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Seoul to partially lift restrictions on biz complex in N. Korea

Seoul to partially lift restrictions on biz complex in N. Korea

Posted February. 16, 2012 08:18,   


The South Korean government will allow companies operating in the Kaesong industrial complex in North Korea to bring new facilities or build plants there. Against this background, regulations banning new investment in the complex under a sanction against North Korea, which made May 24 last year, will be massively eased.

Park Soo-jin, vice spokeswoman of the Unification Ministry in Seoul, said Wednesday, “We will ease sanctions on North Korea imposed May 24 last year to support the operations of plants operating (in the Kaesong complex), including allowing the entry of necessary facilities and construction of warehouses.” “We will also actively examine working-level talks with Pyongyang to resolve the issue of supply of North Korean workers. We are willing to negotiate with the North on building dormitories and tackling passage, customs and telecommunications matters and personal safety.” The ministry is also mulling putting artificial grass on a soccer field within the complex to improve living conditions of South Korean staff.

The latest decision is a follow-up measure after members of the special parliamentary committee for inter-Korean relations development and the National Assembly`s Foreign Affairs, Trade and Unification Committee visited the Kaesong complex Friday and urged the resolution of difficulties facing companies operating there. Having offered Tuesday working-level talks to Pyongyang for family reunions, Seoul apparently hopes to expand amicable relations through this deregulation.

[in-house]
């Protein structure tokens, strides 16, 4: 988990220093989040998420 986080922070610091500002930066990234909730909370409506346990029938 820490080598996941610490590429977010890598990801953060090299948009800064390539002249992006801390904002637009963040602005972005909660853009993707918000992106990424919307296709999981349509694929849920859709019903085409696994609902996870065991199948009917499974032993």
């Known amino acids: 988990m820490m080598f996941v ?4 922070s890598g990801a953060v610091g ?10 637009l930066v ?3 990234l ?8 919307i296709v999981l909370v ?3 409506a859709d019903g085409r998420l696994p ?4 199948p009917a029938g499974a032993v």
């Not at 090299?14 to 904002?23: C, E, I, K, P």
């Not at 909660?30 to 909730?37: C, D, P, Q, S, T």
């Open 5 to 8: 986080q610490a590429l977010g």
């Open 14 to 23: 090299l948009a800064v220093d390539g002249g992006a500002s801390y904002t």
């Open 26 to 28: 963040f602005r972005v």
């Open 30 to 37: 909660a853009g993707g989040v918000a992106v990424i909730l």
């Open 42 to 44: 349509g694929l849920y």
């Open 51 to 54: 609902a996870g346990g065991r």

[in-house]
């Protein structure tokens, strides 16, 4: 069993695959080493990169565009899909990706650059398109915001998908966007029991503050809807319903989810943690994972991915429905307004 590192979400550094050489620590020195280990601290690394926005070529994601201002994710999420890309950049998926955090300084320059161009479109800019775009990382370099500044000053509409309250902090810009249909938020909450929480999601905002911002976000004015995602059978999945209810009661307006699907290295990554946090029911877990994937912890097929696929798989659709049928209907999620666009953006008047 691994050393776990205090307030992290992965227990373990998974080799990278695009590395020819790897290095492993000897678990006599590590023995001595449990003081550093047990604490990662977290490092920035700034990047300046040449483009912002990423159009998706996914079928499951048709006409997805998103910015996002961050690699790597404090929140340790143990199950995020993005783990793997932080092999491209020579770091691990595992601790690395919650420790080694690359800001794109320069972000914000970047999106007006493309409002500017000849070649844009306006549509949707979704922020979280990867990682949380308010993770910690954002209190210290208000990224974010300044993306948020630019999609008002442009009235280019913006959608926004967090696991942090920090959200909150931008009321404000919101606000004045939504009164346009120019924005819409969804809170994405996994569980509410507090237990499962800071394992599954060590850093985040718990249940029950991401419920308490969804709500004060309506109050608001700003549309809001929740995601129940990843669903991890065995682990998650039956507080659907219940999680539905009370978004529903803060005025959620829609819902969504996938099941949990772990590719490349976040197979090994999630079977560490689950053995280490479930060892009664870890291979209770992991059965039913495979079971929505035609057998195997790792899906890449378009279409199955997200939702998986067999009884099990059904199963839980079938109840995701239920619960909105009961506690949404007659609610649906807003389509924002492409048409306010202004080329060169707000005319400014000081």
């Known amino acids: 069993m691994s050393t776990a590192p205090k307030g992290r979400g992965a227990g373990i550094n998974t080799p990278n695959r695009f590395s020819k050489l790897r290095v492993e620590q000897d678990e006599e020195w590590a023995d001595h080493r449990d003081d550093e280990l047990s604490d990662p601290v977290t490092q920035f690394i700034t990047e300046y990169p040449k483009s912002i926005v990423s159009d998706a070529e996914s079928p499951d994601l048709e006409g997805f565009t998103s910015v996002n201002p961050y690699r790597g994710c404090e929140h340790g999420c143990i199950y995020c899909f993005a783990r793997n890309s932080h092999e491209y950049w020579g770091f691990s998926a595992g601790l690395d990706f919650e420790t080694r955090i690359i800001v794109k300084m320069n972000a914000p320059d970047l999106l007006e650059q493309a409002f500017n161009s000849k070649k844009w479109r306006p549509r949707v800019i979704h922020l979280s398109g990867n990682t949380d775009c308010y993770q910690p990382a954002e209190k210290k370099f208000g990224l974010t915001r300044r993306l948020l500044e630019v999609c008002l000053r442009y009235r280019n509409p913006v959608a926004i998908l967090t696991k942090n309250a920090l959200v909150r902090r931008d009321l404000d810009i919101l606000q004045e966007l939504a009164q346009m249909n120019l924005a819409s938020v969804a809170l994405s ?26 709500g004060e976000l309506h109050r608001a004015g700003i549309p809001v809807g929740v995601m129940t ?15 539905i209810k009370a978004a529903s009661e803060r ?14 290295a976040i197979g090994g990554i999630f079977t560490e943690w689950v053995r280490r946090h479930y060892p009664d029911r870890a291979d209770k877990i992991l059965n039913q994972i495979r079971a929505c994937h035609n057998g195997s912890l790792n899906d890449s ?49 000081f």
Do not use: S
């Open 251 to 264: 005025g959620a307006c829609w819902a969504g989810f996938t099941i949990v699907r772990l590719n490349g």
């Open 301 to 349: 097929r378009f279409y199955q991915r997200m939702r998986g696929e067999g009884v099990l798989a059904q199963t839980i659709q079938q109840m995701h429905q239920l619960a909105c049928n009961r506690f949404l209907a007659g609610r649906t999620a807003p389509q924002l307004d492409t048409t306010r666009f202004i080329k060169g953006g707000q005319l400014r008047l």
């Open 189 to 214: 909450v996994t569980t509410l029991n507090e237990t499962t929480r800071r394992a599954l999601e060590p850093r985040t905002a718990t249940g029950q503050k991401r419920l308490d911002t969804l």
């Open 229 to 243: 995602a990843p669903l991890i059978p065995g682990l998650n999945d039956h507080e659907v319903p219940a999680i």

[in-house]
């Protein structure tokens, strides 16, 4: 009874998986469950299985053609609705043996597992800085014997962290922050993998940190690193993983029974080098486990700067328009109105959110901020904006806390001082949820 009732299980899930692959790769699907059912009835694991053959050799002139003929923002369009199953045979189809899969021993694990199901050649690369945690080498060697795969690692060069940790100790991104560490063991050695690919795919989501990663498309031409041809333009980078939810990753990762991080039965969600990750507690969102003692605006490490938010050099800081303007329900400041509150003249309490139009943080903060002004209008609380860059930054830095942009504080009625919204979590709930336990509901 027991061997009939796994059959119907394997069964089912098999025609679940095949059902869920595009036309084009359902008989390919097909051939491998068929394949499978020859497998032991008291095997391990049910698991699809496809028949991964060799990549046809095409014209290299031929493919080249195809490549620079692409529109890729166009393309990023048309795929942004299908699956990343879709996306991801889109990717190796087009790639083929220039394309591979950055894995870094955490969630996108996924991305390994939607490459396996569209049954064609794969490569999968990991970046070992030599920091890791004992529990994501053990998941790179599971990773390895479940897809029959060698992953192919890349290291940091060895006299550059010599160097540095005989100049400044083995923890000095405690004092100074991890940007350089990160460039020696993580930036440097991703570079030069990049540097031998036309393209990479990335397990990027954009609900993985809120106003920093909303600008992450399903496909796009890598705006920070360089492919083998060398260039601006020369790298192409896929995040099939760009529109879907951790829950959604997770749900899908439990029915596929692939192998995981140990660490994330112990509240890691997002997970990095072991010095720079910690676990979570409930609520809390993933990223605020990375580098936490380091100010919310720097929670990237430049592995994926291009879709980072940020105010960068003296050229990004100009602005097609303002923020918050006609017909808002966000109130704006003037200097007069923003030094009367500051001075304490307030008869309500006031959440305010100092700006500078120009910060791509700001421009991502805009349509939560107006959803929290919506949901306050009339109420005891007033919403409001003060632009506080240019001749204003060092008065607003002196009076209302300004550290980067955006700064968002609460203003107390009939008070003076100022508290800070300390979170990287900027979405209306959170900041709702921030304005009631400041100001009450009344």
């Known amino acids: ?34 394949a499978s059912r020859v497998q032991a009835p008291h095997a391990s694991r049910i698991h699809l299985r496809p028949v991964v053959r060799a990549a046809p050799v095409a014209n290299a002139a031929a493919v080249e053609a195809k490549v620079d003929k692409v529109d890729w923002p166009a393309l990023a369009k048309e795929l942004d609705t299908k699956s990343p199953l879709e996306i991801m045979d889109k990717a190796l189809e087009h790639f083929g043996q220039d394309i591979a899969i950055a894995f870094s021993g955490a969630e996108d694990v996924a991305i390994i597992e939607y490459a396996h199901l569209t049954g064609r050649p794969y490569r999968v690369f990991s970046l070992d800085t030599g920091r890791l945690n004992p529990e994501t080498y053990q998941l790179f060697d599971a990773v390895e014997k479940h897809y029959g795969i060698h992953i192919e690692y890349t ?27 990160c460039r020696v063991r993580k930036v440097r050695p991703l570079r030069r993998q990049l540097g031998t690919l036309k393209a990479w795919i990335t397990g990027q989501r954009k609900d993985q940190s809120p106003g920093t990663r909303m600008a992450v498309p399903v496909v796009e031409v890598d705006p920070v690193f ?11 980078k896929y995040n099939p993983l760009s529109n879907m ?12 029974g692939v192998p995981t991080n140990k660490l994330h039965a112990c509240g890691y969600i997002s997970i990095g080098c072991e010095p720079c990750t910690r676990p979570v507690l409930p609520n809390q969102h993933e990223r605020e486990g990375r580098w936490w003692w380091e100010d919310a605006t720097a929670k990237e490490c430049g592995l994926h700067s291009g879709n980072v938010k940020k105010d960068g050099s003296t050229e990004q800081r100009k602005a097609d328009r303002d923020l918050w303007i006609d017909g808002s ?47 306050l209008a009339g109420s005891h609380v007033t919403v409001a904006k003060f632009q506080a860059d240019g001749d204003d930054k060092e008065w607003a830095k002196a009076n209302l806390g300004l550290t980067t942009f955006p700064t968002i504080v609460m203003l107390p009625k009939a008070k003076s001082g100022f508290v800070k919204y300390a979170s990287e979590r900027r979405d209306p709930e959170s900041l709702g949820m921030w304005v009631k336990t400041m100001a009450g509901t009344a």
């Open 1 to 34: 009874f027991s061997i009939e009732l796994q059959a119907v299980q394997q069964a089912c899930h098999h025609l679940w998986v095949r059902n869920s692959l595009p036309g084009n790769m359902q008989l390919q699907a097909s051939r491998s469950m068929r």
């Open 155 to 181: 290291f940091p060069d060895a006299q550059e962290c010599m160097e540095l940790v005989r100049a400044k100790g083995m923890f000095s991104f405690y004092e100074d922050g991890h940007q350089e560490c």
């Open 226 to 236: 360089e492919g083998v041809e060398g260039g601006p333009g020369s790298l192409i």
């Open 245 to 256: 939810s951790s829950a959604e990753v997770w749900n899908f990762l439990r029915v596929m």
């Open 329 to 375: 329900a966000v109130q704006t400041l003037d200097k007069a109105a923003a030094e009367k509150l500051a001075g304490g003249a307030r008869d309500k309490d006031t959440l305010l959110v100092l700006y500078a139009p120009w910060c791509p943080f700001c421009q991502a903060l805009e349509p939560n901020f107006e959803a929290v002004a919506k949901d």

The Unification Ministry said last year`s sanctions will remain in force since expansion of large-scale investments will still be banned, including new corporate advances into the complex and plant construction. The latest measure, however, is still a big step forward because until now, Seoul had approved just facility entry into the complex for repair purposes, while going forward, additional facilities could be allowed for production activities. Plant construction was initially allowed for seven companies, which had been suspended due to last year’s sanctions.

Certain projects are already in place, including the construction of fire stations and emergency medical facilities, as well as repair of roads for commuting by North Korean workers. The South Korean ban on visiting North Korea excluding the Kaesong complex and Mount Kumgang area, which was effected last year, was also eased following approval of trips to North Korea for social and cultural exchanges, including the recovery of Kaesong Manwol pavilion.

All of these deregulatory moves have fueled criticism in Seoul that the latter is trying to gradually ease its sanctions on Pyongyang despite the latter`s lack of change in attitude following the North`s sinking of the South Korean naval vessel Cheonan and shelling of Yeonpyeong Island in 2010.

Cho Bong-hyeon, a research fellow at the IBK Economic Research Institute, said, “The latest measure has lifted almost all new investment sanctions on companies operating in the Kaesong complex, and will be completely lifted eventually,” adding, “The (South Korean) government cannot lift all of the sanctions, but the latest measures will still provide incentives to North Korea in coming to the table.”

Launched in late 2004, the Kaesong complex has steadily grown despite the ups and downs in inter-Korean relations. In a recent lecture at the Civil Headquarters for Activating South-North Economic Cooperation in Korea, Seo Ho, director of the Unification Ministry’s inter-Korean exchanges and cooperation bureau, said, “North Korean workers at the Kaesong complex used to avoid their South Korean counterparts, but they now talk to them and even share snacks."